The Decade’s Top 10 Collegiate Women

Top-rated Keturah Orji finished off her exemplary collegiate career with a rare LJ/TJ double. (KIRBY LEE/IMAGE OF SPORT)

THERE WAS LITTLE DOUBT on who our panel thought was the best collegiate woman of the ’10s, horizontal jump star Keturah Orji succeeding miler/steepler Jenny Barringer/Simpson of Colorado. Note that this is an individual honor, so being on a winning relay or being a member of a team champion had no bearing on the choosing. Note also that competition outside the end of the actual collegiate season—which terminates with the NCAA Championships—was not considered. Here’s our top 10:

1. Keturah Orji (Georgia)

The bouncy New Jersey native had pretty good long jump credentials: 7th-6th-3rd-1st in the NCAA Outdoor, 13th-4th-3rd-2nd at the Indoor, with a 22-4¼ best. But it was her triple jumping that gained her the No. 1 position: NCAA Outdoor titles all 4 years (2015–18) to become the event’s first 4-time winner. She wasn’t quite as perfect undercover, only winning 3 straight times after taking 2nd as a frosh. She stamped her name in the CR book 4 times, reaching 46-10¾ and 47-8 (also an American Record) as a soph, then hitting 47-8 and 47-11¾ as a senior. Overall she can claim 9 of the 10 longest collegiate marks ever. Indoors the tally is the 8 farthest ever and she claimed 2 CRs as a junior and another as a senior, all three of the marks also counting as ARs.

2. Maggie Ewen (Arizona State)

The Sun Devil star was all-around throwing talent personified, winning 4 national titles in 3 events: 2 in the shot (indoors & out in ’18) and 1 each in the discus (’18) and hammer (’17). She was also a 2-time scorer in the weight indoors, with a high of 4th. Overall, she was an 11-time scorer indoors and out. She produced 3 Collegiate Records in the hammer—240-7 as a junior, 241-6 & 244-6 as a senior—plus the all-time outdoor best in the shot (63‑10¼).

3. Raevyn Rogers (Oregon)

Going undefeated against collegians in ’17, the Texas native reached the high point of her senior year with a Collegiate Record 1:59.10, snipping 0.01 off the standard set by Suzy Hamilton 27 years earlier. She won the NCAA as a frosh, soph & junior (taking the indoor titles the last two years as well) before going pro early. She also had a 49.77 split in her final race as a Duck, then the No. 6 time ever in NCAA meet history.

4. Brigetta Barrett (Arizona)

Nobody jumped higher than Barrett in this decade—or any other for that matter—as she scaled a Collegiate Record 6-6¼ to win the Pac-12 as a senior in ’13. That was her third straight conference title, and in each of the years 2011–13 she won the NCAA titles both indoors and out. She’s =No. 3 on the all-time indoor list at 6-5½. She was undefeated against collegiate competition in her soph/junior/senior years.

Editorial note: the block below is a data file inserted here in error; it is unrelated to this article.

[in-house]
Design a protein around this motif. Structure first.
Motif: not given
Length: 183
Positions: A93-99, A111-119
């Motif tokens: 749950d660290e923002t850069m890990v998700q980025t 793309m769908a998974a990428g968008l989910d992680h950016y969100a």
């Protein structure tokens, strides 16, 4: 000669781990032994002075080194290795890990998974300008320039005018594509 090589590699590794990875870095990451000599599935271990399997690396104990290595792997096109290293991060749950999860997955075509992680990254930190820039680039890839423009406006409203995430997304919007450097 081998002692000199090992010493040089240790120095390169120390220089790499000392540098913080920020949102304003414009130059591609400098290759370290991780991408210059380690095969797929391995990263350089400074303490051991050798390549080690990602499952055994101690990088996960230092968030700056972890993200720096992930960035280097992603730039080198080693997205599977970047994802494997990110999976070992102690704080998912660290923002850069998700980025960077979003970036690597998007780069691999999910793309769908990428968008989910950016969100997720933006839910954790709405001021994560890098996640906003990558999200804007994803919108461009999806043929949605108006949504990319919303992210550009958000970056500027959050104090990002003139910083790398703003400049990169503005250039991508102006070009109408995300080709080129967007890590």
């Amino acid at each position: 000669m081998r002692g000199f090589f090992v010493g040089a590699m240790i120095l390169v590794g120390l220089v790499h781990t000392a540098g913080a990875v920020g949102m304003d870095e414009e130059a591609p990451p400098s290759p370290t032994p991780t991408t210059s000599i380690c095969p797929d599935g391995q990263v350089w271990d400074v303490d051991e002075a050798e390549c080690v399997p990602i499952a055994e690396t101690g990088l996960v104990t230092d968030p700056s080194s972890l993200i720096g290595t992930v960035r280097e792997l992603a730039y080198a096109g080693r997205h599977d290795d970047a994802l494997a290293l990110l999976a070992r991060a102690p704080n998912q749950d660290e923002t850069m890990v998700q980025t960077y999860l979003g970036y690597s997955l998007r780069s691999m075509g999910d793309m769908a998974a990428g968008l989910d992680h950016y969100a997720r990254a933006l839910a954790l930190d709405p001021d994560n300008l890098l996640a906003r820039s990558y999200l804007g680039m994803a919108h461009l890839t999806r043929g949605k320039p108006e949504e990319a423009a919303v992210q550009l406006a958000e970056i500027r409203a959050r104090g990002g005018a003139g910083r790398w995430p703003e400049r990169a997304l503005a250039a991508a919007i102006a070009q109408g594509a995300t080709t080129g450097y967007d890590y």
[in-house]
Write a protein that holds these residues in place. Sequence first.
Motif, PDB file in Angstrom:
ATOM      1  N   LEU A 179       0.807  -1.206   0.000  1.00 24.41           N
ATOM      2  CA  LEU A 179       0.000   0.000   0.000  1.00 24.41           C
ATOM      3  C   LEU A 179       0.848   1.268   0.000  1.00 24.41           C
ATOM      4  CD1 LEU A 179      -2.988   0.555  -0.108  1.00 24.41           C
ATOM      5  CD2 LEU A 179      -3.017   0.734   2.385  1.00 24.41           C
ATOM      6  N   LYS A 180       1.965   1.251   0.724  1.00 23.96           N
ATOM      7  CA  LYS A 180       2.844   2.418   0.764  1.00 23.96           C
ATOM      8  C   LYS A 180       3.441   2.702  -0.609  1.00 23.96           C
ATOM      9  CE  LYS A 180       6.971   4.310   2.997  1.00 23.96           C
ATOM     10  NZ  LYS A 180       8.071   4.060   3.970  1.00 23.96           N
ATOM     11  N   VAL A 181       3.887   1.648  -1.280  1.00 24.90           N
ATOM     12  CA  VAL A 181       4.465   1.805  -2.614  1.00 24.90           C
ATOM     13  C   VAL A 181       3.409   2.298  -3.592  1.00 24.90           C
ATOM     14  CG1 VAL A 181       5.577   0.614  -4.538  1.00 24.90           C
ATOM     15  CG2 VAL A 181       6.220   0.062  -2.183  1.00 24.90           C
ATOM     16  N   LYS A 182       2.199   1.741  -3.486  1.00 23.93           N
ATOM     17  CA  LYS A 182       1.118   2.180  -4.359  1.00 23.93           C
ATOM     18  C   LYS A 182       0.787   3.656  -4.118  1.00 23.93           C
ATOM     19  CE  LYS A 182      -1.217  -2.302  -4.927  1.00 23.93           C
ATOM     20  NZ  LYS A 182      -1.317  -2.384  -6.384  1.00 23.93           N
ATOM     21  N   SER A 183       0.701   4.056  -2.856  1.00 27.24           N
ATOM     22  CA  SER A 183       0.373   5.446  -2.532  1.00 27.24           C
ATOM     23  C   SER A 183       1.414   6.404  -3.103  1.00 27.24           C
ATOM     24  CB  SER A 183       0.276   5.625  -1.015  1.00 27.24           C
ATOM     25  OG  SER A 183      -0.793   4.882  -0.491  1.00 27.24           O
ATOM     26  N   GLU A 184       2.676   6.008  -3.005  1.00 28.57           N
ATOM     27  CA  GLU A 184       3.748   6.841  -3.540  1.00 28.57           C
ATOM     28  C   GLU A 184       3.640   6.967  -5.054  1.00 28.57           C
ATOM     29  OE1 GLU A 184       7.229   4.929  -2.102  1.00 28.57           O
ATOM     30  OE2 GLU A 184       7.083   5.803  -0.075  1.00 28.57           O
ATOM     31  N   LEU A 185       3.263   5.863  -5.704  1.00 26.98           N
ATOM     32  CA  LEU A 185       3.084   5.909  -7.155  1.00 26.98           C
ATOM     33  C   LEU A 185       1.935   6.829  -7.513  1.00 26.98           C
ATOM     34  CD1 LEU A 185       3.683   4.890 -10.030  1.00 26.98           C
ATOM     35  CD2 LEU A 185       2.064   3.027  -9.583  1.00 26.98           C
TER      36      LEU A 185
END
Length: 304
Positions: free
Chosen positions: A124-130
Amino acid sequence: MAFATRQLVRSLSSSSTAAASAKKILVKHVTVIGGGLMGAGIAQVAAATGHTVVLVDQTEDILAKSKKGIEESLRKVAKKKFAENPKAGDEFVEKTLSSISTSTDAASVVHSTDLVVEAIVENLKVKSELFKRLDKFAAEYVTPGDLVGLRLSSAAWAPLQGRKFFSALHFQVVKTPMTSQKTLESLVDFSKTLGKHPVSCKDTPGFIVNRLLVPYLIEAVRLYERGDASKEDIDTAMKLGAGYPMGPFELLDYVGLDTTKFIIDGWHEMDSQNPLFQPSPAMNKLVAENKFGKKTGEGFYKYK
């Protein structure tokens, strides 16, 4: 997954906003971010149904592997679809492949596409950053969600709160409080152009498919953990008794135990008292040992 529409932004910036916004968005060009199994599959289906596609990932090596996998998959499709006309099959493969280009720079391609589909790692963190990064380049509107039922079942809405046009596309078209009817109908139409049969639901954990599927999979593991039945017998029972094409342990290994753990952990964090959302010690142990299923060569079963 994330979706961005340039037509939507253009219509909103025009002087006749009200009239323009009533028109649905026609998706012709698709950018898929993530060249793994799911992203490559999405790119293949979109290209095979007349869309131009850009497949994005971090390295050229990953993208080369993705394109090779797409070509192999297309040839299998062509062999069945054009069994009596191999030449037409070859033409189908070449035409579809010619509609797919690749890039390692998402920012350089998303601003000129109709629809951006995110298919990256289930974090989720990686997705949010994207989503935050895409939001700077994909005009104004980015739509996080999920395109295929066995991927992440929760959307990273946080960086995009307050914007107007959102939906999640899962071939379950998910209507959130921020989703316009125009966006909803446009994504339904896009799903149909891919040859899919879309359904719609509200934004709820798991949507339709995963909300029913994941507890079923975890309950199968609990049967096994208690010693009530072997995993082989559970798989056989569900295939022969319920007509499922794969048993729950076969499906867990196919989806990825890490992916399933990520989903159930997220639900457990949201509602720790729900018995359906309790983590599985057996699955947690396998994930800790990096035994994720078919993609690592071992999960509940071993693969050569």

5. Courtney Okolo (Texas)

The Longhorn speedster was clearly the decade’s dominant quartermiler. After an Outdoor 4th as a frosh in ’13, she lowered the Collegiate Record to 50.03 in winning the Big 12 as a soph, then went on to capture the national title. She snared Indoor crowns as a junior and senior, then added another Outdoor title as a senior, plus another Collegiate Record, 49.71. She capped her final year with the then-second-fastest split in NCAA meet history, 49.57.

6. Brianna Rollins/McNeal (Clemson)

Hurdler Rollins began her collegiate career as an indoor star and ended it as the fastest outdoor performer ever. As a frosh (’11) she won the NCAA Indoor 60H. As a soph she was the outdoor 100H runner-up; then came her awesome junior campaign. Indoors began with a Collegiate Record 7.78 in January and concluded with the Nos. 2 & 3 times ever in winning the NCAA Indoor. Outdoors she twice became the fastest collegian ever, setting CRs of 12.47 and 12.39 in the heats and semis at the NCAA Championships. She then turned pro.

7. Kimberlyn Duncan (LSU)

In a brilliant 3-year close to her career as a Bayou Bengal, Duncan racked up 56 points out of 60 in the 100/200, in the process becoming the first-ever 3-time winner of the half-lapper. She paired her 200 wins with 2nds in the 100 as a soph and junior and a 3rd as a senior. The last two years she also won the Indoor’s 200 titles. Timewise, she broke the low-altitude CR in the 200 three times, once as a junior and twice as a senior.

8. Kendell Williams (Georgia)

One of two strong candidates as the decade’s multi-event queen, Williams racked up no fewer than 7 national titles, 2014–17: all 4 in the pentathlon and 3 of 4 in the heptathlon (where she was 2nd as a soph). It was in the 5-event version where the versatile Bulldog really sparkled, setting 3 CRs, topped by a 4703 and claiming 7 of the 9 highest scores ever. Her 6354 total sits her at No. 5 on the all-time heptathlon list.

9. Brianne Theisen-Eaton (Oregon)

The Ducks’ Canadian import also won 3 NCAA heptathlon titles in her career, but one of hers was in ’09, so she slips behind Williams despite cranking out the No. 2 collegiate score ever, 6440. She also turned in what was at the time the No. 4 total ever, 6353. Undercover, she claimed a trio of pentathlon titles and climbed to No. 6 on the all-time list at 4555.

10. Raven Saunders (Southern Illinois/Mississippi)

A national-title winner at two schools, Saunders had a spectacular year as a Saluki frosh, winning the NCAA shot titles indoors and out. As a soph for the Rebels she repeated in the outdoor event and twice raised the CR, to 63-1¼ and 63-5. Her junior year brought the farthest collegiate put ever, 64-2¼, and she added a second indoor crown. She turned pro before her senior year. ◻︎